Getting Proximate: Embracing Human Connection and Transformative Relationships

David LaChapelle Last Supper, 2003

Bryan Stevenson, author of Just Mercy, which is now a movie, if you’re not the book-reading type, tells people that what called him into his work was “getting proximate.” Stevenson works with prisoners who are on death row – work he was introduced to in graduate school. He describes being a student at Harvard and beginning work with a law firm – the Southern Center for Human Rights in Atlanta. 

Human Rights is a field that personally captivates me, particularly in light of our our humanitarian endeavours fighting for LGBT+ rights, the rights of monitories, the vulnerable, and our friends in Kakuma Refugee Camp.  The Universal Church of Love upholds the principles outlined in the 30 articles of the Universal Declaration of Human Rights (UDHR), with a particular emphasis on Article 18, which recognizes everyone's right to hold their own beliefs, practice a religion, choose not to follow a religion, or switch their beliefs. These principles are protected by international law through various conventions, treaties, and standards.

Let us now turn our attention back to Stevenson and his first assignment, that was to talk with a man on death row – simply informing him that there had been a stay of execution in the case, meaning that this man would not be killed at the date that had been given to him. Stevenson recounts that as he gave this news – what seemed a tiny piece of information – the man had tears in his eyes. He asked for Stevenson to repeat what he’d just heard, to make sure his ears weren’t deceiving him.  

Stevenson recounts that this encounter changed him. Prisoners on death row weren’t prisoners anymore – not a faceless mass of criminals – but people. There were stories and names and faces and whole lives lived before the crime for which they had been convicted. Stevenson says that what changed him was this proximity.   

Getting proximate seems to be, if not a cure-all, a game-changing thing to do. When we are close to “the other,” however that otherness manifests, we are changed by the relationship – changed by the encounter. We’ve all read stories about people changed by friendships they have across lines of race or socioeconomics or geographical borders. The power of an individual story can’t be denied when we are up close to it, I experienced this first hand at the Gold Coast Pride Festival last Saturday, listening to the conversations of the LGBT+ community hurt by religious trauma. 

From this lens, it’s no wonder that Jesus chose to hang out with tax collectors and sinners. He got proximate. Our teacher shows us the way we are to live – to hang out with all kinds of folks, but most especially those who are on the margins of society – those who are judged and misunderstood and “nogood.” Our teacher eats with them because it’s on these margins that the gospel is most alive – and that God is most needed. As Jesus puts it, those who are well have no need of a physician.  

So, how do we do it? How do we get proximate to the heartache of the world? A lot of the time, it’s going to mean leaving our church pews. Often, those who sit near us in church are somewhat like us – perhaps they’re bound to us by having kids the same age, or by having similar career paths, or by both serving in the church or community. With whom are you not usually in contact? Who’s at the petrol station in need of a hot meal or overwhelmed with childcare on Sunday morning? Who was out too late last night to wake up in time for service? Who’s serving time in the nearest prison? These are the people with whom Jesus calls us into deeper relationship.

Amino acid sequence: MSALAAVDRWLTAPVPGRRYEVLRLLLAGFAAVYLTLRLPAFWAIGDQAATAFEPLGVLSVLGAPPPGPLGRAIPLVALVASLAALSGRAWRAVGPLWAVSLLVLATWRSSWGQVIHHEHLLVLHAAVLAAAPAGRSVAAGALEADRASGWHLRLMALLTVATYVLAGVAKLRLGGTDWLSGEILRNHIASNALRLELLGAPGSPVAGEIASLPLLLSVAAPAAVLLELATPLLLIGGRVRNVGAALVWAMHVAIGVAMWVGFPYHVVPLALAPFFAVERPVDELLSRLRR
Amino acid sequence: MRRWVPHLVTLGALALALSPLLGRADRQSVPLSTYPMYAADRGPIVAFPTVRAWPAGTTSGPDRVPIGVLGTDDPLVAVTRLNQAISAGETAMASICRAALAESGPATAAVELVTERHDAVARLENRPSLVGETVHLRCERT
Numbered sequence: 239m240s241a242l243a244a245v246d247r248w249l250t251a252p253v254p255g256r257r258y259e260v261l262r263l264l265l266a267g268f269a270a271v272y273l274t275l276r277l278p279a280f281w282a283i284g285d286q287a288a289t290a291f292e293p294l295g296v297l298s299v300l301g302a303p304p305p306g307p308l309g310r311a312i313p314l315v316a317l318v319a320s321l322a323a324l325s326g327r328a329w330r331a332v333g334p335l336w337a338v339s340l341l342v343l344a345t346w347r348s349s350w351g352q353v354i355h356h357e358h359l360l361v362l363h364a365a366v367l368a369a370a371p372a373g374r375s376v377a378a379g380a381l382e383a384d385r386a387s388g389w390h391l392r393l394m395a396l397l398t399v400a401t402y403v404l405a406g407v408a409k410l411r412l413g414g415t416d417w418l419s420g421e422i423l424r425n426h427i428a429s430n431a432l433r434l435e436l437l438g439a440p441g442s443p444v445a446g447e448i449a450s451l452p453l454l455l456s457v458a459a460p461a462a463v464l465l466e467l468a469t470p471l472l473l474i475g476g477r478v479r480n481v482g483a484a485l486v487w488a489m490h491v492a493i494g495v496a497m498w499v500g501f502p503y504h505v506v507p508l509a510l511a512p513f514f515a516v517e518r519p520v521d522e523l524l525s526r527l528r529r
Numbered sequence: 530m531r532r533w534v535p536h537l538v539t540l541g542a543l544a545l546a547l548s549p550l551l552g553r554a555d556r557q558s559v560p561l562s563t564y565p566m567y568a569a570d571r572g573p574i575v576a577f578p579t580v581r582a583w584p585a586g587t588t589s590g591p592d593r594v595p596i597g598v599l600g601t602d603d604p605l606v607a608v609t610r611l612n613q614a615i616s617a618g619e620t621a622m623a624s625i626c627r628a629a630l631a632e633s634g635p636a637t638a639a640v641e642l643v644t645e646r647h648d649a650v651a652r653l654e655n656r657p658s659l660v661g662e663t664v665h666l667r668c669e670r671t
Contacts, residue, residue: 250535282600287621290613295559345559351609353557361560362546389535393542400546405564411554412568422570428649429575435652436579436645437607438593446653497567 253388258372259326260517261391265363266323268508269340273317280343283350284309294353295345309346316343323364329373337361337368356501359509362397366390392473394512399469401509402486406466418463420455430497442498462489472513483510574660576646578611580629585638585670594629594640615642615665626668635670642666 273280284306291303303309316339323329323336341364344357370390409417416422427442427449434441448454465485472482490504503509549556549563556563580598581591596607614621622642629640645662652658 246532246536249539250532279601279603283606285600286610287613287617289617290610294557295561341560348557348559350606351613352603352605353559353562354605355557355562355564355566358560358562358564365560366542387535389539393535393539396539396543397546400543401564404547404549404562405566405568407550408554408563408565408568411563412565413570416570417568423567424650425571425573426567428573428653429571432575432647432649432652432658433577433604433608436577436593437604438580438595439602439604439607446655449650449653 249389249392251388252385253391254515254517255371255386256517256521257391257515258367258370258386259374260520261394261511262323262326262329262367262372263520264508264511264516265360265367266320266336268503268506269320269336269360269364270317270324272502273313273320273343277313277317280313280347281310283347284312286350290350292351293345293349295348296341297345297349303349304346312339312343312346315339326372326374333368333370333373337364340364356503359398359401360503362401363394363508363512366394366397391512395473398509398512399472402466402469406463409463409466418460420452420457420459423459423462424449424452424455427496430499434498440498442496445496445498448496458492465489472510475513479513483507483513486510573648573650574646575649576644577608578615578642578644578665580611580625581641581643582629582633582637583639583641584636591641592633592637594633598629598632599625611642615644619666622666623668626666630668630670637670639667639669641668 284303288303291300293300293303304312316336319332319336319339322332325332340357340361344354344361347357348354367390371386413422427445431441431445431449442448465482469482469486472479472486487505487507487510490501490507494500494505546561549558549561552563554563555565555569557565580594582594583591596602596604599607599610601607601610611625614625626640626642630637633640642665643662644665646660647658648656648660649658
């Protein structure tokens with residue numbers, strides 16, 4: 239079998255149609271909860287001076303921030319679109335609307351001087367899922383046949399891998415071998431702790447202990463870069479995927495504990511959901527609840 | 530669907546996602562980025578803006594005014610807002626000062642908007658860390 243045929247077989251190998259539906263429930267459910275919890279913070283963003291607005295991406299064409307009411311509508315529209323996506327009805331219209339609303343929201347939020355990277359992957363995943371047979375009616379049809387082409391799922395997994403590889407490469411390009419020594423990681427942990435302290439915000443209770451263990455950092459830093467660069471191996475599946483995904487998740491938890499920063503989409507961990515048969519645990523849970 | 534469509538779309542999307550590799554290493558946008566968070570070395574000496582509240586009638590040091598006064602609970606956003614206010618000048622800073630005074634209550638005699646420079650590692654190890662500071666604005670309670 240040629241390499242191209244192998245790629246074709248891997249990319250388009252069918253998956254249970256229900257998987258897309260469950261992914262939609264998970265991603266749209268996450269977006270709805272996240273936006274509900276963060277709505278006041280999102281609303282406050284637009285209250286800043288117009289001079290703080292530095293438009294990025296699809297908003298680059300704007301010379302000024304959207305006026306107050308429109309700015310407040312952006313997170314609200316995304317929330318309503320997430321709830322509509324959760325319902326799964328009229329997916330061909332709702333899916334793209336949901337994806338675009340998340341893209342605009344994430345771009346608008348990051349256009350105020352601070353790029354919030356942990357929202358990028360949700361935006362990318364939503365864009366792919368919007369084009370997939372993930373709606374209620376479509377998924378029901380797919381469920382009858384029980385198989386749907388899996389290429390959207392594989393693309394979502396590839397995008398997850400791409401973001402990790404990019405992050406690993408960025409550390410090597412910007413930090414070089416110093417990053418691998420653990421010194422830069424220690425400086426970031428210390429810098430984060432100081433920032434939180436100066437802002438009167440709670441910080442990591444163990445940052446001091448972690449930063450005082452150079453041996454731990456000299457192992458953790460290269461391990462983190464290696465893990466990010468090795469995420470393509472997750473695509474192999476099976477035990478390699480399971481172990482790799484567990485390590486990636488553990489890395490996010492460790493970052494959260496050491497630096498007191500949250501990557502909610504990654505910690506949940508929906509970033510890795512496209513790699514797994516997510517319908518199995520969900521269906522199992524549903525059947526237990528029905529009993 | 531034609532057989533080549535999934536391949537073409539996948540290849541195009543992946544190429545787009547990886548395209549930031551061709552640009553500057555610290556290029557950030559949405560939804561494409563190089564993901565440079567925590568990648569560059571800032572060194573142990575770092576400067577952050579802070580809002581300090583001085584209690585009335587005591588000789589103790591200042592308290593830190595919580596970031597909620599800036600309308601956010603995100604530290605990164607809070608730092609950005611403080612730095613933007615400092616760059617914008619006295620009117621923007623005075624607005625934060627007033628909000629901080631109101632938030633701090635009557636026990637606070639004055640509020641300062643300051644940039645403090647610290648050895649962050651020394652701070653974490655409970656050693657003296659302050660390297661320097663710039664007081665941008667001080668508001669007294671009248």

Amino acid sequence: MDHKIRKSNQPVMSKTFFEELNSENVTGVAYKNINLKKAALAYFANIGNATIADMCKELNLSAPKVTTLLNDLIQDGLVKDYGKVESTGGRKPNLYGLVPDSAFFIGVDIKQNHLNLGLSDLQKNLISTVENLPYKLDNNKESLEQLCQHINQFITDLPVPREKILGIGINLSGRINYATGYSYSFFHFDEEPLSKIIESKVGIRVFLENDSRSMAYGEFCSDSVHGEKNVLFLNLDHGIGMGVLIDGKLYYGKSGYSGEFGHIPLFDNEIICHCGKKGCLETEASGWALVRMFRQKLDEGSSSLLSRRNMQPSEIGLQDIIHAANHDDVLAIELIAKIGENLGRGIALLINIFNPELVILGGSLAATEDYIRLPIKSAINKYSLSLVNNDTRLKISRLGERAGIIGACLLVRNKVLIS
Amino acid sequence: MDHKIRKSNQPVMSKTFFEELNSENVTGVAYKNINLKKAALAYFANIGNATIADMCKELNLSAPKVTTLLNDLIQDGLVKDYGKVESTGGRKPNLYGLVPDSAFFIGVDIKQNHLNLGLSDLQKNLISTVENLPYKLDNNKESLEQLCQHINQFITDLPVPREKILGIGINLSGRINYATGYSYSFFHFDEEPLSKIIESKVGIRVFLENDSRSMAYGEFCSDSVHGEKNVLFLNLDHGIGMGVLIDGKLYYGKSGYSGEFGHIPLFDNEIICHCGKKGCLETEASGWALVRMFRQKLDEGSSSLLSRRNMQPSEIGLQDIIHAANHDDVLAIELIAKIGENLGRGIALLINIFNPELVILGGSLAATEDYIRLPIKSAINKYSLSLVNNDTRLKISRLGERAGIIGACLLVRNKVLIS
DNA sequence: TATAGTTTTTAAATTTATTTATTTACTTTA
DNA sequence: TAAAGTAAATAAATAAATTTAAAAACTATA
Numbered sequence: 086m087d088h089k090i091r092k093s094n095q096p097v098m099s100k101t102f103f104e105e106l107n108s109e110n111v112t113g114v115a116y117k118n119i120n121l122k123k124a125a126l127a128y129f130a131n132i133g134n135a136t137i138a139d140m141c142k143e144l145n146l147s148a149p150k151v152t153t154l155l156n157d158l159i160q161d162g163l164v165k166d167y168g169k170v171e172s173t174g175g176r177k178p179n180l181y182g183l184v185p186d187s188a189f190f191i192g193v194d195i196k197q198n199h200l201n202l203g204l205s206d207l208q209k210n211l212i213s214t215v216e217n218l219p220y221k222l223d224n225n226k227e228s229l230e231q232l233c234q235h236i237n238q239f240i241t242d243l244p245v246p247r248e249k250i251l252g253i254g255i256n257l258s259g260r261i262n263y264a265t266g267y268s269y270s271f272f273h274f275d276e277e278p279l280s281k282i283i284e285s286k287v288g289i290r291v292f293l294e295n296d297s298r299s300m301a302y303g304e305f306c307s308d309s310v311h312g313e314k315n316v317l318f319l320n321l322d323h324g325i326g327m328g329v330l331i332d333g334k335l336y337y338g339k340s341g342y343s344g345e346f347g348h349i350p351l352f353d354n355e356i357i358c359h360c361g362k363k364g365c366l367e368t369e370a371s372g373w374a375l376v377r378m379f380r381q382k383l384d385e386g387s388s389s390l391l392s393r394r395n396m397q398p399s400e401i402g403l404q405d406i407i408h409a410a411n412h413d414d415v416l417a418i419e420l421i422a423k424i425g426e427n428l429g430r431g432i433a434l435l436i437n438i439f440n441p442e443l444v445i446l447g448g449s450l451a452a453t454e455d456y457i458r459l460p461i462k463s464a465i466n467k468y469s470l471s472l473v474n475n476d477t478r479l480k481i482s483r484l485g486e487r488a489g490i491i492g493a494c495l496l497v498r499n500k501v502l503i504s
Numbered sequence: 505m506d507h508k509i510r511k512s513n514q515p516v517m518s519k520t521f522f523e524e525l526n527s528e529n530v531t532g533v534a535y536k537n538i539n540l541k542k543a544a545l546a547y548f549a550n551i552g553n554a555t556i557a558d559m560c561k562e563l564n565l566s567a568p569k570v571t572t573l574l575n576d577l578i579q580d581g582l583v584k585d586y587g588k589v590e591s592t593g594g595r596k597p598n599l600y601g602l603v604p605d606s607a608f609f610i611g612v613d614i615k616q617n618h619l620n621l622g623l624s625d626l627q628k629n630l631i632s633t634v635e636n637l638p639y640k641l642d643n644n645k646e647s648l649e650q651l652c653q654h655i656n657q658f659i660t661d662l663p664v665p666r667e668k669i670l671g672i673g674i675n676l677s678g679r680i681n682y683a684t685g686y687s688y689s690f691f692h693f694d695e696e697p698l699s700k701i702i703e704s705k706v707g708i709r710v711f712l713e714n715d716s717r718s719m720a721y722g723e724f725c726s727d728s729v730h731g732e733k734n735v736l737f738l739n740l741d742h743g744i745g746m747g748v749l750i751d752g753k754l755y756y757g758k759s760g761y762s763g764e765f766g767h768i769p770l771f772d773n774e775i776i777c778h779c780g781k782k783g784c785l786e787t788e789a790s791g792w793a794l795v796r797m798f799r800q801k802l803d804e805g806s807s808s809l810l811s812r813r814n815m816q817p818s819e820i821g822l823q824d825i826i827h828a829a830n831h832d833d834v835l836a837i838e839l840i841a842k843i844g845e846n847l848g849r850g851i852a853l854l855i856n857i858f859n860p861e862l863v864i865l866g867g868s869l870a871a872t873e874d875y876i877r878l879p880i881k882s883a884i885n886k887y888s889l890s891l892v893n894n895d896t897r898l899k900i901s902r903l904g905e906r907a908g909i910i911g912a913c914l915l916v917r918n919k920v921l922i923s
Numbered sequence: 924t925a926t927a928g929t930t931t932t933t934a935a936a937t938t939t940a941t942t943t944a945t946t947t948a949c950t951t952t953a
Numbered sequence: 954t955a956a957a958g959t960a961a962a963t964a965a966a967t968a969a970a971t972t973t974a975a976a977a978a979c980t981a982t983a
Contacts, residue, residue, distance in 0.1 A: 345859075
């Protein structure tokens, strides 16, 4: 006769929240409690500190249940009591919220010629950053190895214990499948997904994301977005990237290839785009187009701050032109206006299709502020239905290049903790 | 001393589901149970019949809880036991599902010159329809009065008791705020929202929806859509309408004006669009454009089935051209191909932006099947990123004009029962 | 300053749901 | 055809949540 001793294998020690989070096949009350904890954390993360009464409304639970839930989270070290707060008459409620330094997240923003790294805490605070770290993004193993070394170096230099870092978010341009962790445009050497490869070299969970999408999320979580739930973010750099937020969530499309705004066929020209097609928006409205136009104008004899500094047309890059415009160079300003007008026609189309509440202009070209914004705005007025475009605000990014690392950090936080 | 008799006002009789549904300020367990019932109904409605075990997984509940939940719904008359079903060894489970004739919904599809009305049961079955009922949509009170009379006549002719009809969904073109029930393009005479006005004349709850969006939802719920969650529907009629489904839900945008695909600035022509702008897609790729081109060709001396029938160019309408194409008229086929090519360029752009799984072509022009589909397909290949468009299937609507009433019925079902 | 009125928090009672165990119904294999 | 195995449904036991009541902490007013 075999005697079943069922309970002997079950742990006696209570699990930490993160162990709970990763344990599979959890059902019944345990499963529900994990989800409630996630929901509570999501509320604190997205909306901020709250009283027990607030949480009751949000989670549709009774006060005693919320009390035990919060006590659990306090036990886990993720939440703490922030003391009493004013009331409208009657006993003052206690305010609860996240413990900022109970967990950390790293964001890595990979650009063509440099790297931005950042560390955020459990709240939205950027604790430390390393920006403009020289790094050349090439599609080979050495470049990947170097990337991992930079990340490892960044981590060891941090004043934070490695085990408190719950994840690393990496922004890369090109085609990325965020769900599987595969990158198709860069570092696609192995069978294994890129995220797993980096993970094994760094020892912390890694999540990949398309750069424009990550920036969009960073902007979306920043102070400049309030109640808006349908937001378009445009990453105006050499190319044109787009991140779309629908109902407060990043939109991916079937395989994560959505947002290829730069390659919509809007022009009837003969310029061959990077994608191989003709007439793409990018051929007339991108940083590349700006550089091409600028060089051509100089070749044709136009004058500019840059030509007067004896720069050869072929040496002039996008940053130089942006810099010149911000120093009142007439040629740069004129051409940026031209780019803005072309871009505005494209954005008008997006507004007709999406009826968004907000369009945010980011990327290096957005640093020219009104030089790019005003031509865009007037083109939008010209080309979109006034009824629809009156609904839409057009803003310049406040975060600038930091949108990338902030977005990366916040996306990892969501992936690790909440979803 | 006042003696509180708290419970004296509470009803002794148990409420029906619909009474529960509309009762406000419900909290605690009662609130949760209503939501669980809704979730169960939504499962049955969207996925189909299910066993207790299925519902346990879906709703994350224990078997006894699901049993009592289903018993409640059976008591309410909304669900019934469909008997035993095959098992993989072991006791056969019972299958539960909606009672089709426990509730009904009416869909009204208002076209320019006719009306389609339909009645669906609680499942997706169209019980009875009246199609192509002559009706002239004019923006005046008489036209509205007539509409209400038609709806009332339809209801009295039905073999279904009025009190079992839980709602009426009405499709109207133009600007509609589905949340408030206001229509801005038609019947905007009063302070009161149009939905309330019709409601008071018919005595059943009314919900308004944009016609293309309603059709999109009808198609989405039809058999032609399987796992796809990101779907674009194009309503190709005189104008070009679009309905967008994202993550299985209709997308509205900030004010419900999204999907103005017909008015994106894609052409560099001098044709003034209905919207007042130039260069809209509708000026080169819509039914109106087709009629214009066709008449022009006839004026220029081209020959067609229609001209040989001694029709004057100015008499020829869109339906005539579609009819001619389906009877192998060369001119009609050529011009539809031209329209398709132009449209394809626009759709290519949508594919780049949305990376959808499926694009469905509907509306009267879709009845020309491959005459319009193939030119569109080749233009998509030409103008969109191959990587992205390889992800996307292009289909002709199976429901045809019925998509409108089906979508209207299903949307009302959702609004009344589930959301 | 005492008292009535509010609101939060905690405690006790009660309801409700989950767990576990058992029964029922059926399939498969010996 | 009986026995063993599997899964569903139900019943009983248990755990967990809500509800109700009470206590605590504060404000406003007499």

From a place of relationship, we are transformed. We are made into the new creation that God wishes for us – changed into something more closely resembling true love. Jesus says that he desires mercy, not sacrifice. We cannot truly understand mercy without sacrificing our judgment, leaving self-righteousness behind in our walk of discipleship. Bryan Stevenson says very simply that, “each of us is more than the worst thing we’ve ever done.” He can say it not because he is delusional about human nature, not because he imagines us to be saints, but because he knows us to be sinners. He has seen the humanity in those whom we have condemned to a life behind bars. He has seen himself in those who are called, simply, “criminals.”  

In this morning’s gospel, when the Pharisees ask the disciples, “Why does your teacher eat with tax collectors and sinners?” they meant it to be shaming. They meant it to be embarrassing. They meant to say, “Why isn’t he hanging out with us – the important people? If he’s important, he should be paying mind to us.” 

But Jesus stays true to his calling. He isn’t swayed by the self-importance of the Pharisees. He isn’t tempted into putting himself above anyone else. He knows that there is little difference between the Pharisees and the tax collectors – the only difference was one of ego. One group knew their need of God – the other didn’t.  

Jesus says he comes to call not the righteous but sinners – and the good news is that’s us! Sin isn’t confined to those who have broken the law or to those who are different from us. We, too, are sinners. When we get proximate to those who are different from us, what falls away is judgment, allowing us to see how God is working in their lives, and wonder anew about how God might be working in our own.  

We are invited in the gospel to check our ego at the door, to get close to those about whom we have judgments, to remember that they – and we! – are more than the worst things anyone has ever done.


Getting Proximate: Embracing Human Connection and Transformative Relationships Getting Proximate: Embracing Human Connection and Transformative Relationships Reviewed by Shane St Reynolds on June 11, 2023 Rating: 5

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